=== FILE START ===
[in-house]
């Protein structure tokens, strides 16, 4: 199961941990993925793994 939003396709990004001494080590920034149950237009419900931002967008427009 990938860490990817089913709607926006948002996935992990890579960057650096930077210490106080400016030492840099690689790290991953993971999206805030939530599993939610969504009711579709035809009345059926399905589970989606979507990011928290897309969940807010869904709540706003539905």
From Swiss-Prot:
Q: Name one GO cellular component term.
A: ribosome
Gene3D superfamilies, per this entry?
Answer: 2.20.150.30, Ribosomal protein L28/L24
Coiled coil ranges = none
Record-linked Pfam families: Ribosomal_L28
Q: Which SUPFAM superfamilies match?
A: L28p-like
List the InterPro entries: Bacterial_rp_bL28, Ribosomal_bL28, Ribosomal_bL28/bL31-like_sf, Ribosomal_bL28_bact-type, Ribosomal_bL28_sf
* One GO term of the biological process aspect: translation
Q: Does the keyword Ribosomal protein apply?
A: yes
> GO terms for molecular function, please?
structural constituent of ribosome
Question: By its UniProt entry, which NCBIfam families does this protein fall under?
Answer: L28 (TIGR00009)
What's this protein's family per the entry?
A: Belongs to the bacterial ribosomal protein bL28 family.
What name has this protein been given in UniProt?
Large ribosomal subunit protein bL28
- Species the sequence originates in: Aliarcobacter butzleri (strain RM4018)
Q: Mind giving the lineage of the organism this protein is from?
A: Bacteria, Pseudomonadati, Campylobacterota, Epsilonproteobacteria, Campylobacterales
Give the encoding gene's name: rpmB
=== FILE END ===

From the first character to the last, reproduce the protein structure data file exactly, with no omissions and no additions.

[in-house]
């Protein structure tokens, strides 16, 4: 199961941990993925793994 939003396709990004001494080590920034149950237009419900931002967008427009 990938860490990817089913709607926006948002996935992990890579960057650096930077210490106080400016030492840099690689790290991953993971999206805030939530599993939610969504009711579709035809009345059926399905589970989606979507990011928290897309969940807010869904709540706003539905």
From Swiss-Prot:
Q: Name one GO cellular component term.
A: ribosome
Gene3D superfamilies, per this entry?
Answer: 2.20.150.30, Ribosomal protein L28/L24
Coiled coil ranges = none
Record-linked Pfam families: Ribosomal_L28
Q: Which SUPFAM superfamilies match?
A: L28p-like
List the InterPro entries: Bacterial_rp_bL28, Ribosomal_bL28, Ribosomal_bL28/bL31-like_sf, Ribosomal_bL28_bact-type, Ribosomal_bL28_sf
* One GO term of the biological process aspect: translation
Q: Does the keyword Ribosomal protein apply?
A: yes
> GO terms for molecular function, please?
structural constituent of ribosome
Question: By its UniProt entry, which NCBIfam families does this protein fall under?
Answer: L28 (TIGR00009)
What's this protein's family per the entry?
A: Belongs to the bacterial ribosomal protein bL28 family.
What name has this protein been given in UniProt?
Large ribosomal subunit protein bL28
- Species the sequence originates in: Aliarcobacter butzleri (strain RM4018)
Q: Mind giving the lineage of the organism this protein is from?
A: Bacteria, Pseudomonadati, Campylobacterota, Epsilonproteobacteria, Campylobacterales
Give the encoding gene's name: rpmB